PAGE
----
I’ve got to admit, despite my love of adventure, I have found that I have become a creature of quite some routines:
In a typical week I attend the same meetings, get in touch with the same colleagues, relatives and friends, garden, watch the same sort of TV dramas, listened to Radio 4, stick to tried and trusted recipes, walk to the same places, enjoy the same activities, send the same sort of emails, check the same sites on line, make small talk with the same neighbours, and read the same (or at least the same kinds of) books. Yes, I have a routine, and I don’t mind it. That’s not to say that I avoid change. I really enjoy visiting new places. And there’s something borderline adventurous about going for a walk later in the day when you would normally pack it in for the night!
We all get used to a certain pace of life. For most of us, I venture to guess that our typical pace is anywhere from steady to warp speed. Yet I also think that a great many of us have had that physical pace come to a near screeching halt over the past months .
Most of us have had to adjust to this ‘new normal’. And none of us knows for how long these adjustments will be necessary and whether things will once again lockdown. Here’s what I’ve concluded: the new normal is not what we would have chosen, but there is a sense in which we really need it. We cannot lose so many more lives, loved ones and friends, or allow our health services to be so overwhelmed that they can’t treat everyone else. We need to keep one another safe.
We really want everyone to be able to work, get to the theatre, go to live concerts and sports events. We long to go back to handshaking and hugging and parties and eating out and being able to have family gatherings and visit without restrictions our care homes.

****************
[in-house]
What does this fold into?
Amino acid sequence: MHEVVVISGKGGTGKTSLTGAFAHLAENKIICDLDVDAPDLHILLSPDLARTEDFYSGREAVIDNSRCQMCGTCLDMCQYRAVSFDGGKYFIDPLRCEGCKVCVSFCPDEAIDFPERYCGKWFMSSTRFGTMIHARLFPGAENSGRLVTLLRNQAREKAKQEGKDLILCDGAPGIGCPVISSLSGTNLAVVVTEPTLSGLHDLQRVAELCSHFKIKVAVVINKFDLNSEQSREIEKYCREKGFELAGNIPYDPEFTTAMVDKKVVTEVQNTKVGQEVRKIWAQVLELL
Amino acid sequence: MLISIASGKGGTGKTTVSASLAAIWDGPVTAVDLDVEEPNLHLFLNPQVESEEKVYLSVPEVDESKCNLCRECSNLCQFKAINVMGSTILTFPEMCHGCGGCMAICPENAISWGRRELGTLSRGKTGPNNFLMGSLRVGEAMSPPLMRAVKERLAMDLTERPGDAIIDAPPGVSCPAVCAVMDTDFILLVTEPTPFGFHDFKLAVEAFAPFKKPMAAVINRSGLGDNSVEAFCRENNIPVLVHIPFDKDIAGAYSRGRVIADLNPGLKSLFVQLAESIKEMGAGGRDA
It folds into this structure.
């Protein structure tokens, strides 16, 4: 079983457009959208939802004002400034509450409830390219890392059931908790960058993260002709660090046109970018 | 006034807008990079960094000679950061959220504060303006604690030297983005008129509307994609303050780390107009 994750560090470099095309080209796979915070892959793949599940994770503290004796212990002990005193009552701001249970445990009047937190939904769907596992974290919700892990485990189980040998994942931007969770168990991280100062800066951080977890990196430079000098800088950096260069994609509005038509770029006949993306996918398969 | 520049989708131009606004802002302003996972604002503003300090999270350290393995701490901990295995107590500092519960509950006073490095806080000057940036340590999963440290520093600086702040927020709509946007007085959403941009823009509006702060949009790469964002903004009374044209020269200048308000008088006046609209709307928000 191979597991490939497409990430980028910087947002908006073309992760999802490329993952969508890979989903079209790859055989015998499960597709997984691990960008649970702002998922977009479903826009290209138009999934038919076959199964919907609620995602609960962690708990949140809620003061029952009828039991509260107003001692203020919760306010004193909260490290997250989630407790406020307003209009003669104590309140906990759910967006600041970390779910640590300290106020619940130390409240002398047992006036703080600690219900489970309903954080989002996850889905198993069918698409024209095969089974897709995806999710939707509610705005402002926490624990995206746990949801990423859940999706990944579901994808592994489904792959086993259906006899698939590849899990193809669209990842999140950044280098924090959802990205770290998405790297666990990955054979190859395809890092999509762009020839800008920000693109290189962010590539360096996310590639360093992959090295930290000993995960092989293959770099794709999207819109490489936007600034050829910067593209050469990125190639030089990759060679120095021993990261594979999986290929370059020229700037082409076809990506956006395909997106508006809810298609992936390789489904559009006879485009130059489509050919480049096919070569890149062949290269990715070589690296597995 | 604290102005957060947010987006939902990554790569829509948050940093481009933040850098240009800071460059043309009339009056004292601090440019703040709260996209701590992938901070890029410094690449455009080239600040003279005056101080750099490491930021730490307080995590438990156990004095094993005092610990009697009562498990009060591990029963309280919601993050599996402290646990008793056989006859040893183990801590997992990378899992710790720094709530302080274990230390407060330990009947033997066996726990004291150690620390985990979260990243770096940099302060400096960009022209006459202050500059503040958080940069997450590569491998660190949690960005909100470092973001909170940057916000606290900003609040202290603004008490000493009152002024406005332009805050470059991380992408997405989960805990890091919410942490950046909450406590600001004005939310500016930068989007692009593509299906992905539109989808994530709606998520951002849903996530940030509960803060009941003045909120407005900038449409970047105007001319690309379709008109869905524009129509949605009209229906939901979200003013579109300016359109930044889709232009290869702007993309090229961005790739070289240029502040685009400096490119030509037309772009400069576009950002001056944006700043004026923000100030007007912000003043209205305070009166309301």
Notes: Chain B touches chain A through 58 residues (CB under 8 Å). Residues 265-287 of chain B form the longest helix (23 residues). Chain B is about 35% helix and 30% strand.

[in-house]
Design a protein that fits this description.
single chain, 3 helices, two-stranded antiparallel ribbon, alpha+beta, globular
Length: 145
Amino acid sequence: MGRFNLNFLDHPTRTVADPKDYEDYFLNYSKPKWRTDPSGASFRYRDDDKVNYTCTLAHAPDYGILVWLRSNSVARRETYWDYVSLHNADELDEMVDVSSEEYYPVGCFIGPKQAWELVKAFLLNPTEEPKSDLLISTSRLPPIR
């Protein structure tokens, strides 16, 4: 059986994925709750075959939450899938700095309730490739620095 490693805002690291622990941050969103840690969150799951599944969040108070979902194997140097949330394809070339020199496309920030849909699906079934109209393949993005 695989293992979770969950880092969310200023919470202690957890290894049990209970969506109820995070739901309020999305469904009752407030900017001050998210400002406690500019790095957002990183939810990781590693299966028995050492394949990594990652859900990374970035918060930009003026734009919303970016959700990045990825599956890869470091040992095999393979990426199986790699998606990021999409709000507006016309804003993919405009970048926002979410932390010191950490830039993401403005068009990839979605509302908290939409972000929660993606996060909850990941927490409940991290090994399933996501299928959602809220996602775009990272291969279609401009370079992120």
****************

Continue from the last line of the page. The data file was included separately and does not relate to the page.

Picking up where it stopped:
But we have learned some things:
· That we don’t always have to be “on the go”; we can grow to appreciate simply being at home.
· Activities can still be enjoyed, but we don’t need to let them rule our schedules.
· Economically we may need to be content with less, more willing to support local small businesses and shops, churches, and charities, and appreciative of what we have already.
· Parents can work more closely with teachers, and perhaps partner together more regularly in the education of children.
· Families can enjoy the outside more together even when it gets colder, taking more walks and cycle rides.
· We can interact more with our neighbours, keeping in touch with the elderly or the lonely
· We can read more, play more games, call distant friends more and having more down time.
Technology can (and has) served the church well, both before and after the days of social distancing. Churches need to use technology wisely for the good of the members and the glory of God but technology can never replace the authenticity of meeting together in a wonderful sacred space as the family of God.
Matthew 6.19-21; 24-33
‘Do not store up for yourselves treasures on earth, where moth and rust consume and where thieves break in and steal; but store up for yourselves treasures in heaven, where neither moth nor rust consumes and where thieves do not break in and steal. For where your treasure is, there your heart will be also.
‘No one can serve two masters; for a slave will either hate the one and love the other, or be devoted to the one and despise the other. You cannot serve God and wealth.
‘Therefore I tell you, do not worry about your life, what you will eat or what you will drink, or about your body, what you will wear. Is not life more than food, and the body more than clothing? Look at the birds of the air; they neither sow nor reap nor gather into barns, and yet your heavenly Father feeds them. Are you not of more value than they? And can any of you by worrying add a single hour to your span of life? And why do you worry about clothing? Consider the lilies of the field, how they grow; they neither toil nor spin, yet I tell you, even Solomon in all his glory was not clothed like one of these. But if God so clothes the grass of the field, which is alive today and tomorrow is thrown into the oven, will he not much more clothe you—you of little faith? Therefore do not worry, saying, “What will we eat?” or “What will we drink?” or “What will we wear?” For it is the Gentiles who strive for all these things; and indeed your heavenly Father knows that you need all these things. But strive first for the kingdom of God and his righteousness, and all these things will be given to you as well.